The Canadian Real Estate Association (CREA) is being asked by the federal Competition Bureau to take down the walls around submitting data to Realtor.ca - the site of the Multiple Listings Service (MLS) built and run by organized real estate in Canada, at their substantial cost and effort, over the past decade.
CREA has said they will not throw open the doors for anyone and everyone to list on Realtor.ca. The association stated in a press release this week that "the MLS system is a system for Realtor members of CREA."
Some discount brokerages say they're being barred from listing on Realtor.ca. In fact, if they are members of a board, they can submit their listings the same as the real estate professionals who list at Realtor.ca now. All the discount brokers have to do is comply with the rules and regulations of the local real estate boards, the same rules followed by realtors whose listings currently appear on the MLS site.
The Competition Bureau is proposing to reduce the level of mandatory requirement of service needed to load listing data to MLS boards. The Bureau has asked CREA to change current rules such as a licensed realtor must act as an agent for the seller through the entire time of the listing contract posted on MLS, and the listing realtor receives and presents all offers to the seller.
What this would mean is that someone can set up a business, at little cost, and charge consumers a small fee to provide their listings directly to local real estate boards, which would then post the data on Realtor.ca. As I told The Globe and Mail this week, the real question is, are we moving to have a for-sale-by-owner service funded by the real estate industry?... I don't see that happening. And, clearly, neither does CREA.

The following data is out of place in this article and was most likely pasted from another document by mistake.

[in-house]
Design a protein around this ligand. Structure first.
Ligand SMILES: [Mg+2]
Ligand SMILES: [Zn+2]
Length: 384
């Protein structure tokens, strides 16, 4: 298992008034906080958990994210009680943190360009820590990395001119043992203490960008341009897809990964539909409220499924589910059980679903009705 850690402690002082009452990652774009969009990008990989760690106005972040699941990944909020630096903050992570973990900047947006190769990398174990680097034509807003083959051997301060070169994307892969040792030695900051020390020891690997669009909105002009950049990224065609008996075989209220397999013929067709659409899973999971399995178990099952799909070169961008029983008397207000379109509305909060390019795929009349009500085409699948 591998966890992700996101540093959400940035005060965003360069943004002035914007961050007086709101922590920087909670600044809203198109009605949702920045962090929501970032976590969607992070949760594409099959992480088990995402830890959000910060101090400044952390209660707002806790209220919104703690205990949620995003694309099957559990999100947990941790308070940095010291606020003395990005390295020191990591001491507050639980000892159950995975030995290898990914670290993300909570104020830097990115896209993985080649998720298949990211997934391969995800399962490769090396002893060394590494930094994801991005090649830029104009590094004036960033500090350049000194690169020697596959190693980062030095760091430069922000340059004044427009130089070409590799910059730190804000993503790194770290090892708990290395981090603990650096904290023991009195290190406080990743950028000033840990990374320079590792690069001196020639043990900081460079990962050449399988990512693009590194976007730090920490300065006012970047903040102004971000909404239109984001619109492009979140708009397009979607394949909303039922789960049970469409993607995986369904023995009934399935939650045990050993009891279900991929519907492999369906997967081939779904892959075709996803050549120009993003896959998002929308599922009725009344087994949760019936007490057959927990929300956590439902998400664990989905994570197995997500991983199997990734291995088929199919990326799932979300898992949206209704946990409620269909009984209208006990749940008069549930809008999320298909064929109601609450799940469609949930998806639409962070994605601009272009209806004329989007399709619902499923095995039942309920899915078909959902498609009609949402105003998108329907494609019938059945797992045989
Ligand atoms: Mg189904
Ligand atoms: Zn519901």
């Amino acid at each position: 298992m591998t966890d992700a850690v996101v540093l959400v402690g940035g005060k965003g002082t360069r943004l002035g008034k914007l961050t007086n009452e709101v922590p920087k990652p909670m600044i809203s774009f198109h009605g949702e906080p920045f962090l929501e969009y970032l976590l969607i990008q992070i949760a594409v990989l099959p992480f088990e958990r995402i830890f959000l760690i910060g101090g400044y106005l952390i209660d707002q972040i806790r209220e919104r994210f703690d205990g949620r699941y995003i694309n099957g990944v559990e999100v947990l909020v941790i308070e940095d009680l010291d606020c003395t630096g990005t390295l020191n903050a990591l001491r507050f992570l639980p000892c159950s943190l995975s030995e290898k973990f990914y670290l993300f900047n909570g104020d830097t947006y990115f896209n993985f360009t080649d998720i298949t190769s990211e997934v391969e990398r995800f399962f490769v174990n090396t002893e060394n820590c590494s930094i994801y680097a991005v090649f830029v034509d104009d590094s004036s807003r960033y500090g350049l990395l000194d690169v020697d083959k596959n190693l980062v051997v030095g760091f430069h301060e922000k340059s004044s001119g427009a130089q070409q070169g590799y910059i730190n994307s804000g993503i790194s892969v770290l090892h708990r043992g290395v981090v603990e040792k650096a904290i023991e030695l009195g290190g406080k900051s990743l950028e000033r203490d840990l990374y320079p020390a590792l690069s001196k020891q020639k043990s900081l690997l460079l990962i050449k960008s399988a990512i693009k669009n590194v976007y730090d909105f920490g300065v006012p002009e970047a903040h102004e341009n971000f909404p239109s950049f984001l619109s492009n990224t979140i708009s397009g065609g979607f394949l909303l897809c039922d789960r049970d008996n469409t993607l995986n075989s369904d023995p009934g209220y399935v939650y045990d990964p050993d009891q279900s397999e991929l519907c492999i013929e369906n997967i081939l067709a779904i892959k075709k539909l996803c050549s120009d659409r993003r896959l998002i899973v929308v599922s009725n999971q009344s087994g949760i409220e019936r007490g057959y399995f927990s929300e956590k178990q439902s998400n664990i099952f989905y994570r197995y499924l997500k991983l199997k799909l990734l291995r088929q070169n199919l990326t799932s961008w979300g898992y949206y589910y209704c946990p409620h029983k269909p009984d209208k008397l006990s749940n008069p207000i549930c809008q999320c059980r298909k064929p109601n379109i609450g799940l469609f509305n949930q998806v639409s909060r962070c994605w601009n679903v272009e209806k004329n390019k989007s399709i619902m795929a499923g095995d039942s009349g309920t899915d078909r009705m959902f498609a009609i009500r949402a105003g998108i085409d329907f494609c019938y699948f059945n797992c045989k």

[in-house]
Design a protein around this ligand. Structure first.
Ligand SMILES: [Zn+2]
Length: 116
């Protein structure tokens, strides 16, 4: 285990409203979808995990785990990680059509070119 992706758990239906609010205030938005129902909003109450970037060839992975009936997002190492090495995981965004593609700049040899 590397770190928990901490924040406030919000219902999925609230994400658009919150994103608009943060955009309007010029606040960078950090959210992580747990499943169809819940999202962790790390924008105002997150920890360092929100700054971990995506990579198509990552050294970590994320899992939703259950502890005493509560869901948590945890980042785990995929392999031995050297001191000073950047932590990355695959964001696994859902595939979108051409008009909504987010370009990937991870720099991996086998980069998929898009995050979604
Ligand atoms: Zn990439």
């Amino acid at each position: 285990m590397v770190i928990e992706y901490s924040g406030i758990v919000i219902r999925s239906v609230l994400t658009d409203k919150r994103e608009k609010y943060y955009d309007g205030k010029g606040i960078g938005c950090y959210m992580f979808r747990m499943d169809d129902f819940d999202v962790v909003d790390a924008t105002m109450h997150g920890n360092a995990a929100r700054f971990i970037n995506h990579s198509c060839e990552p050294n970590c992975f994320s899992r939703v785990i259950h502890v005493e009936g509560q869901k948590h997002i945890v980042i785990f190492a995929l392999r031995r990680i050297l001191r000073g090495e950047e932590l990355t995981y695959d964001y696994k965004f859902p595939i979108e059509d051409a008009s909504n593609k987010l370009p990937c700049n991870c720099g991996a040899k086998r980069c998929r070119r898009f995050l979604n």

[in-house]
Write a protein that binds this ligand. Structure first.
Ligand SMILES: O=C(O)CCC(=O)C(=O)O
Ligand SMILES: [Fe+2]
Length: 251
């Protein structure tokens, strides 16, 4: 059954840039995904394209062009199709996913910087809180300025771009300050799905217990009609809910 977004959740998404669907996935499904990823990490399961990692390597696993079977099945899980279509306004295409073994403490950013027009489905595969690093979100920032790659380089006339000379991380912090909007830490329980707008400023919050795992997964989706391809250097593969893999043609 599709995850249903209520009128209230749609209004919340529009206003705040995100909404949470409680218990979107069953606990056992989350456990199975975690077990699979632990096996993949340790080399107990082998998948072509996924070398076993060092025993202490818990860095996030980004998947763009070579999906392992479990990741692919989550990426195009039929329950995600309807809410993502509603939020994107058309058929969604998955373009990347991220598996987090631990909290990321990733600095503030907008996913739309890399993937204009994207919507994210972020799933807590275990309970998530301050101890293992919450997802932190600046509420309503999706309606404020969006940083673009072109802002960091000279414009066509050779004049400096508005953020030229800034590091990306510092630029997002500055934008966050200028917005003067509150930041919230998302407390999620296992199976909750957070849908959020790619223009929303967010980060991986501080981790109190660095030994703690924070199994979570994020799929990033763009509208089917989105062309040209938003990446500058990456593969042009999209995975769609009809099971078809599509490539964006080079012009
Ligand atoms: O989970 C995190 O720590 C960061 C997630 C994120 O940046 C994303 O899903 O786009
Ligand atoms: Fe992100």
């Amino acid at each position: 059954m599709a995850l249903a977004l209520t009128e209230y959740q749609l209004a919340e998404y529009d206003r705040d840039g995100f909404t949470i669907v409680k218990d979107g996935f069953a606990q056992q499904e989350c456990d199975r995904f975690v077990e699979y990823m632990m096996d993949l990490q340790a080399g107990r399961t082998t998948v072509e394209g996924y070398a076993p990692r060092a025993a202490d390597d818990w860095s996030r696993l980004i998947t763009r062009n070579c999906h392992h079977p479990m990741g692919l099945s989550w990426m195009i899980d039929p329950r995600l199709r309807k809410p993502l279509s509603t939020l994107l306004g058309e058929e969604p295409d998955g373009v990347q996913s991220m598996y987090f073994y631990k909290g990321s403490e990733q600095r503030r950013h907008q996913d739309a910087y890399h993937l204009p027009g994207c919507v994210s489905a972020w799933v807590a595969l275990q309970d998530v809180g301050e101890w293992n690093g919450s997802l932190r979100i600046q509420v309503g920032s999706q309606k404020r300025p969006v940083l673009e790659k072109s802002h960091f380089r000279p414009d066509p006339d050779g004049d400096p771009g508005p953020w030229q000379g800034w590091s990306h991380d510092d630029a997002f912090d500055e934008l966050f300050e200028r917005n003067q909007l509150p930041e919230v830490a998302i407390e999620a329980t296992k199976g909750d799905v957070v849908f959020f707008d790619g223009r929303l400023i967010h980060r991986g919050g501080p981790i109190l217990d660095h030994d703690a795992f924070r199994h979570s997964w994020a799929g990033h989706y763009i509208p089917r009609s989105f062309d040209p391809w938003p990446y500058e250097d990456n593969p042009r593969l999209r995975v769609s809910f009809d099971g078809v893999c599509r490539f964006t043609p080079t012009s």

Roots in Internal Data Sharing
A little history: Decades ago, real estate boards across Canada acquired a data sharing system and created the Multiple Listing Service. Licensed real estate professionals had to be members to share this data. Then in the '90s, some boards - through the CREA relationship - got together and made a decision to create a consumer site, MLS.ca where they would share some data from cooperative boards. That website started with only some real estate boards as members, and has expanded over time.
Today, virtually all real estate boards in Canada provide data to the current version, Realtor.ca. Listing information does not appear in full form at Realtor.ca, the way it does on internal MLS shared data between licensed realtors as members of the boards.
The outcome of this dispute has huge and negative implications for the real estate industry. I believe these issues are a result of organized real estate taking steps to deal directly with the consumer. When the listing data was kept between licensed members of a board, this problem did not exist. As soon as the industry opened it up and started to deal directly with consumers, these issues arose.
I don’t know how we “unwind” this history, nor what the middle ground would be between the CREA position and what the Competition Bureau wants to see happen. I do know that the MLS infrastructure and everything that has been created has been paid for by organized real estate over many years.
This issue has been under investigation by the Competition Bureau in Canada since 2007 (even earlier in the US by the Anti-Trust division of their federal Justice Department).
I am watching closely what develops in this case; I sincerely hope that CREA and the Competition Bureau can come to a resolution without litigation.